There are few greater joys as an engineer than taking something new apart to see how it works. Last week Vladimir Brunstein and I got started on the design project by dissecting a commercial induction stove and doing some initial measurements to see how it works. We have significant progress, and Vladimir has some addition testing using an oscilloscope to validate our assumptions.
There are five major “components” to an induction cooktop:
- The power supply (on the main circuit board) – includes heat sink and exhaust fan
- The control circuit (on the main circuit board) along with some sensors
- The induction coil (on top of the main board, under the glass cooking surface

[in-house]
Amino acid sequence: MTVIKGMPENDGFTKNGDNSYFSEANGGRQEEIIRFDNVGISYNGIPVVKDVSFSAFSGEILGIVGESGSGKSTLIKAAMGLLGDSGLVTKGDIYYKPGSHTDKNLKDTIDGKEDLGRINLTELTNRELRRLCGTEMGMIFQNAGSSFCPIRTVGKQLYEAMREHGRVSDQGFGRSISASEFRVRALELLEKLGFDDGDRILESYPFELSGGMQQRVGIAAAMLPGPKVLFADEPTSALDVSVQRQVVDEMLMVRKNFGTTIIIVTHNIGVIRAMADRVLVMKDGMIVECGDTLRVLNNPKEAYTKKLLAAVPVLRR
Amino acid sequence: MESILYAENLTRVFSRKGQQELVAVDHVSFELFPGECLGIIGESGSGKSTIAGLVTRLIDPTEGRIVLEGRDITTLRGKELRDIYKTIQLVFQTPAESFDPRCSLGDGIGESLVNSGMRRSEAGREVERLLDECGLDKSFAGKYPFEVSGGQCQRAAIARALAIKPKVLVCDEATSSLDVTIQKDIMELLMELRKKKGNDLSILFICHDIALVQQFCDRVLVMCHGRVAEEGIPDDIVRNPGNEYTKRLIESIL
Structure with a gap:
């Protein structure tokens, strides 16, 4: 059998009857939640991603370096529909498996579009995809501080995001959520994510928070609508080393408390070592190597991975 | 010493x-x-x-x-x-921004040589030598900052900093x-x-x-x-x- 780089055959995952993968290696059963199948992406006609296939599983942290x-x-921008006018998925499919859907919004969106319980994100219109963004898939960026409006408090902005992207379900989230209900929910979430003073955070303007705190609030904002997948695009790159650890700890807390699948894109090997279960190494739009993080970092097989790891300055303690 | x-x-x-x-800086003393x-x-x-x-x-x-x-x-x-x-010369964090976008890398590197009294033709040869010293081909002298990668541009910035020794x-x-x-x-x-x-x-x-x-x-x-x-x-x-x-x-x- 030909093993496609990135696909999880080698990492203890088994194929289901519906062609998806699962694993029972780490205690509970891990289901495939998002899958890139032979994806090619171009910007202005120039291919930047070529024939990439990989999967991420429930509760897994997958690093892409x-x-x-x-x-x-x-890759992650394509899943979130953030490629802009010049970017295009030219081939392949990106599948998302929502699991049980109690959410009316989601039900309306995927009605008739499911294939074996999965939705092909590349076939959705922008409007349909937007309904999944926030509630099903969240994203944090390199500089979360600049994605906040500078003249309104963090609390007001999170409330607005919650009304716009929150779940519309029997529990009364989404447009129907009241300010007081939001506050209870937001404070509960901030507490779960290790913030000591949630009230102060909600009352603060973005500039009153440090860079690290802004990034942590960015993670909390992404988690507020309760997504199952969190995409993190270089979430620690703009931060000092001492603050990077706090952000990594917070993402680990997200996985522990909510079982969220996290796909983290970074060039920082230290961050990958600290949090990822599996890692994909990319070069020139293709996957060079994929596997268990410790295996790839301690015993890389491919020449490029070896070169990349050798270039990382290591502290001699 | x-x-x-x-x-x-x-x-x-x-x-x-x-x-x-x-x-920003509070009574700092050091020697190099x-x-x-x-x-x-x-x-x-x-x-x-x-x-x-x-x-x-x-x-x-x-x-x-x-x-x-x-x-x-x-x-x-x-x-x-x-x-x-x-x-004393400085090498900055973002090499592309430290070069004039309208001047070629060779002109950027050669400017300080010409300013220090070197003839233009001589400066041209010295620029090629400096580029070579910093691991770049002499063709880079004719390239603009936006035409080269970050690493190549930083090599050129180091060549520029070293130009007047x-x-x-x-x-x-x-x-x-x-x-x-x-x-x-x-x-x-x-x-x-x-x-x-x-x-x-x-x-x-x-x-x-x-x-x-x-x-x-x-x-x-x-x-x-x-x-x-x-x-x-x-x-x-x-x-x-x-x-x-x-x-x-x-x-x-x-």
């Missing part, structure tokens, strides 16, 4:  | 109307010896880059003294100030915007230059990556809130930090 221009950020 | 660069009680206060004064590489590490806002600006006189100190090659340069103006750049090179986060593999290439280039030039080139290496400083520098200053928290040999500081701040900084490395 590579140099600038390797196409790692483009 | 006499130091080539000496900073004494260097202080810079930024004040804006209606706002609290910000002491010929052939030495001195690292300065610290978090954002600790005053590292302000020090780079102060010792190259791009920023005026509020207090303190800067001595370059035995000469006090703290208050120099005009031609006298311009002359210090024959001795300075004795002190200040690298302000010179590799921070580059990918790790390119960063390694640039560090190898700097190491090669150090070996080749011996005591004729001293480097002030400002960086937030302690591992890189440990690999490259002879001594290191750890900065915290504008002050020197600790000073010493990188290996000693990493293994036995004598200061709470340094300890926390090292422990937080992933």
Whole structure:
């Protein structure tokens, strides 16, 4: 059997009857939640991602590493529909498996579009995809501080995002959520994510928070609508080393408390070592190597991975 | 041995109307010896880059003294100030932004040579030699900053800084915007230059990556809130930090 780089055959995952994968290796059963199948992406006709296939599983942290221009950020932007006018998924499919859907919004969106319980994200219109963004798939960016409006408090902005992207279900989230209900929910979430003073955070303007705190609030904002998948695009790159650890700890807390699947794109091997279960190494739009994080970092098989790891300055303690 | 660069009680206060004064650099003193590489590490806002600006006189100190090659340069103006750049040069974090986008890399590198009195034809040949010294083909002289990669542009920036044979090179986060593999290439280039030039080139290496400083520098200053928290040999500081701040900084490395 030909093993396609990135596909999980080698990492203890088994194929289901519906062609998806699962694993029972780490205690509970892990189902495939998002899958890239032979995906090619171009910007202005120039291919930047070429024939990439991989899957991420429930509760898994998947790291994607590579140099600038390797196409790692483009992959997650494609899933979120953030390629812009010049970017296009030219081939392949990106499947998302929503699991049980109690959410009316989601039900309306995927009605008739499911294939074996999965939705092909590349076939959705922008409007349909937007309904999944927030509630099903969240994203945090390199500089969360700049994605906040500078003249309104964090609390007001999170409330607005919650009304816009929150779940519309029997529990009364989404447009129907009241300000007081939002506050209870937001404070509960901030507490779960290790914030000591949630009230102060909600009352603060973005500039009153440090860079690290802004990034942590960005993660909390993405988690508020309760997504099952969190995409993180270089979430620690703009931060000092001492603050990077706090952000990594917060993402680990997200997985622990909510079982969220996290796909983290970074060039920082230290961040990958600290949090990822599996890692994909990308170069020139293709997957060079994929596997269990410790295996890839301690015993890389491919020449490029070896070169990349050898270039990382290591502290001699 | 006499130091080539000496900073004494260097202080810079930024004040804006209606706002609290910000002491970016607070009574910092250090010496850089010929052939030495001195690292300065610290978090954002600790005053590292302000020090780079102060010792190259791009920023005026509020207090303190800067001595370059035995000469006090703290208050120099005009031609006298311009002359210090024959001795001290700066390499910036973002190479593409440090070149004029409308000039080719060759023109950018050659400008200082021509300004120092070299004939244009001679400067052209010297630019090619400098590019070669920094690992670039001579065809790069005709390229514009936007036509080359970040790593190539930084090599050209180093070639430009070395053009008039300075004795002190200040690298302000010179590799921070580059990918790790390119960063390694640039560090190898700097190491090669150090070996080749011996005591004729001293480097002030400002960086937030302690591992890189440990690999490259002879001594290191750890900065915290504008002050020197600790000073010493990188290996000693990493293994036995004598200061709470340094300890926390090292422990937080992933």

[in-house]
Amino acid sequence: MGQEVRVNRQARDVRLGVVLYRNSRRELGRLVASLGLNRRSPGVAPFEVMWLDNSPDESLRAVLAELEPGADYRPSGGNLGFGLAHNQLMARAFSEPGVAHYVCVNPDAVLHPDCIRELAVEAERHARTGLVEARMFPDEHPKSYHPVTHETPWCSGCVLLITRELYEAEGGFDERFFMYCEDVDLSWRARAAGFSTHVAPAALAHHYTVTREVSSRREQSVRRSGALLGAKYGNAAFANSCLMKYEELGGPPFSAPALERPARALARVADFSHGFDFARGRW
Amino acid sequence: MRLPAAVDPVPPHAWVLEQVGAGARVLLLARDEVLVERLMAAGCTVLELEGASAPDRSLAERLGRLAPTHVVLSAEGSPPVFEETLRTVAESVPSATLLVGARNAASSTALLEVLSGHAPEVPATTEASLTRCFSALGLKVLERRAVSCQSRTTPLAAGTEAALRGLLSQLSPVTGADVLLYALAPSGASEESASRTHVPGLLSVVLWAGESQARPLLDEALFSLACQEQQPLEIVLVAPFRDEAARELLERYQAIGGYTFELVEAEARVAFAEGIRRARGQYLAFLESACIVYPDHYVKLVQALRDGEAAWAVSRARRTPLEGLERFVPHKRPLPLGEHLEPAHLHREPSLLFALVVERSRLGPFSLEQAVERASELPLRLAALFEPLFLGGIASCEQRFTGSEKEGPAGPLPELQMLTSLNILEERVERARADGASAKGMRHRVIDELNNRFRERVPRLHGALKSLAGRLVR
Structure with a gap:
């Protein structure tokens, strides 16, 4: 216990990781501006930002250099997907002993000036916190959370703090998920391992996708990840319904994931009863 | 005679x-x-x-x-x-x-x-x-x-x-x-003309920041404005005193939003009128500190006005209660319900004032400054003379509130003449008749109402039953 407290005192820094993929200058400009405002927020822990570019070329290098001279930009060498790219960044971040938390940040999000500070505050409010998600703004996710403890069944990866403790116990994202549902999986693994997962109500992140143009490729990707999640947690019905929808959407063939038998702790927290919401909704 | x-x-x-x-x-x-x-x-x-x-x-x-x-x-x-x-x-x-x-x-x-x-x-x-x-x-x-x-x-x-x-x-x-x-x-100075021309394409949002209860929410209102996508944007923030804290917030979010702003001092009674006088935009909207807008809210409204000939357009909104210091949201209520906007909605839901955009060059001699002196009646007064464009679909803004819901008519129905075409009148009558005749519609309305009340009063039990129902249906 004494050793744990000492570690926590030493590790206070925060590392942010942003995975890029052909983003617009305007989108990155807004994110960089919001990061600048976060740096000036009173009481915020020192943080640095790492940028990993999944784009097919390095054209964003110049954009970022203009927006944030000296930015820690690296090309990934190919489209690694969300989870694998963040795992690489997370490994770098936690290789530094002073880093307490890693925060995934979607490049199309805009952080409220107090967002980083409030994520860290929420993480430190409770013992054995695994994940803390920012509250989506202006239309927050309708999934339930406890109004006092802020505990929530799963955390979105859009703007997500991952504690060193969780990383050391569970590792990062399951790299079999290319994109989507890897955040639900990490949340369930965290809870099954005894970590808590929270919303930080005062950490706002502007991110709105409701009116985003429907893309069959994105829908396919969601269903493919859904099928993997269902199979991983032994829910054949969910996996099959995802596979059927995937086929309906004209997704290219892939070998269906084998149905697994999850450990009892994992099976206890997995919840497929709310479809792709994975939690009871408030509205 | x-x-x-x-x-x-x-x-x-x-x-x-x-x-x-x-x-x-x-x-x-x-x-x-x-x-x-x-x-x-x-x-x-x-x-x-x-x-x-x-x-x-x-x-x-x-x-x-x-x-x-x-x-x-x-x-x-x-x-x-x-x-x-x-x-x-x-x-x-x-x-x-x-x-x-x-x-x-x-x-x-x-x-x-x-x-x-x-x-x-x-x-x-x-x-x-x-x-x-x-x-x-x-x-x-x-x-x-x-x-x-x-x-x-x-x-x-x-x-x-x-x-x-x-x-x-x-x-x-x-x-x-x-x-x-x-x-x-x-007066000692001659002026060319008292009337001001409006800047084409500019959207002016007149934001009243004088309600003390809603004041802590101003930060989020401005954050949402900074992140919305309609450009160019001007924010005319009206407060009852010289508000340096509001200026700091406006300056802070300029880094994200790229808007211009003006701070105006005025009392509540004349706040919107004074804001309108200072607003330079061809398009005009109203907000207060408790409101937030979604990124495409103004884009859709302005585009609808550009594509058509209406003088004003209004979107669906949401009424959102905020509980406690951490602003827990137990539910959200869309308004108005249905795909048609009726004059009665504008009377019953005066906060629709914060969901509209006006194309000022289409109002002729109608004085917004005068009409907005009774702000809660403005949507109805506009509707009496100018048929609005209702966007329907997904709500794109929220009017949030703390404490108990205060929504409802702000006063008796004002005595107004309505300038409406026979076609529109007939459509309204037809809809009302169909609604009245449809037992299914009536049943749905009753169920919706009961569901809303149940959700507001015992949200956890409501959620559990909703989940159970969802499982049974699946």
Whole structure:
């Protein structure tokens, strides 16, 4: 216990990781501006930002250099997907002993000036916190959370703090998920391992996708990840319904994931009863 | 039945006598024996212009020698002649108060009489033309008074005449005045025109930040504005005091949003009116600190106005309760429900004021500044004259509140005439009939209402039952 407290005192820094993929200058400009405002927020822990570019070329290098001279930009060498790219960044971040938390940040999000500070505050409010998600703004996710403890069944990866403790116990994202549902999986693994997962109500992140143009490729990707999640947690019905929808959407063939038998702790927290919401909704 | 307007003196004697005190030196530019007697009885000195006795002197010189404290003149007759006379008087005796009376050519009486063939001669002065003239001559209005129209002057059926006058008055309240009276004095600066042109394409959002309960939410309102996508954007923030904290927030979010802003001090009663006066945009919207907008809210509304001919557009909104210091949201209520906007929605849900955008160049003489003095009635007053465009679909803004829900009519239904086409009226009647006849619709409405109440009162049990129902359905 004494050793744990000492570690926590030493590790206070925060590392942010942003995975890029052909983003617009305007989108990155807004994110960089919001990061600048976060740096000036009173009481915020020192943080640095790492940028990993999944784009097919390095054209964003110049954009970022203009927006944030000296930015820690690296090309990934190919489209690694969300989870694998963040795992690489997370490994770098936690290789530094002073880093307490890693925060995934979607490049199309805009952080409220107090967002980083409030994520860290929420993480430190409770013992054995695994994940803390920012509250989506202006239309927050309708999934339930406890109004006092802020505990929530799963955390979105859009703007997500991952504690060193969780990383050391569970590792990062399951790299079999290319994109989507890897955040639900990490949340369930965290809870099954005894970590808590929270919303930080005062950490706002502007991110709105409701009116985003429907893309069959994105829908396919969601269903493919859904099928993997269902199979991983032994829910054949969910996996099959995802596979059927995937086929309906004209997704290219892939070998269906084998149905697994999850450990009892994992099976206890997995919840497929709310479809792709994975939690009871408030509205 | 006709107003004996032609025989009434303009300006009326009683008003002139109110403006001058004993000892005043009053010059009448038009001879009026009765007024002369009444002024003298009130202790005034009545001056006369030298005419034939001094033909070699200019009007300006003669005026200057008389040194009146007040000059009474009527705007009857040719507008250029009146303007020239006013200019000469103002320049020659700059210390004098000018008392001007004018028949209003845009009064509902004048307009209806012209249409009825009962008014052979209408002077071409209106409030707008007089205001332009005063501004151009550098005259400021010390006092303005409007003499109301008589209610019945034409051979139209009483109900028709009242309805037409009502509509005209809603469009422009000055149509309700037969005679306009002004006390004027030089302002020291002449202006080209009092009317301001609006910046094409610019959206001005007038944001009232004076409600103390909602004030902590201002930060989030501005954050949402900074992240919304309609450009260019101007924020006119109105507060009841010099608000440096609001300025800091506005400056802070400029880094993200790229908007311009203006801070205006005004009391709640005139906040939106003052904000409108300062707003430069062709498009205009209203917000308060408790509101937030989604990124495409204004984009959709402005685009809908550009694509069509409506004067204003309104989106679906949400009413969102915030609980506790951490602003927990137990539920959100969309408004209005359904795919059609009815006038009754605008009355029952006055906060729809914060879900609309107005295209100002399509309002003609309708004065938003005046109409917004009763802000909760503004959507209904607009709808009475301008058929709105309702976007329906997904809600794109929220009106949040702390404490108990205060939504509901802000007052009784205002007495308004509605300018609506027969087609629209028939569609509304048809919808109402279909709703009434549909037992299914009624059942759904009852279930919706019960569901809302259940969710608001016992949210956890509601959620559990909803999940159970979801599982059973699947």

- The user interface (display and buttons)
- The enclosure (bottom case and glass cooking surface)
The main surprise was how compact and “simple” the control board was. The board uses “through hole” components (rather than surface mount) and most of the control appears to be handled by a custom microcontroller on the lower section right of the board. The display appears to have its own controller chip. Since consumer induction cookers all tend to work the same way (and do it very well), we don’t want to mess with the controls at this stage — our focus will be on how to replace the power supply that currently runs off AC with one that will run off DC (battery).
But why bother, if everything is as optimized as this board tends to suggest? In a COTS (commercial-off-the-shelf) solar electric cooking system, the battery must run power through an inverter, which converts it to AC for input to the induction cooktop. If we can eliminate the inverter, it will reduce system cost, increase the efficiency and also improve the reliability.
More updates will be posted as we start actually building and testing the new power supply.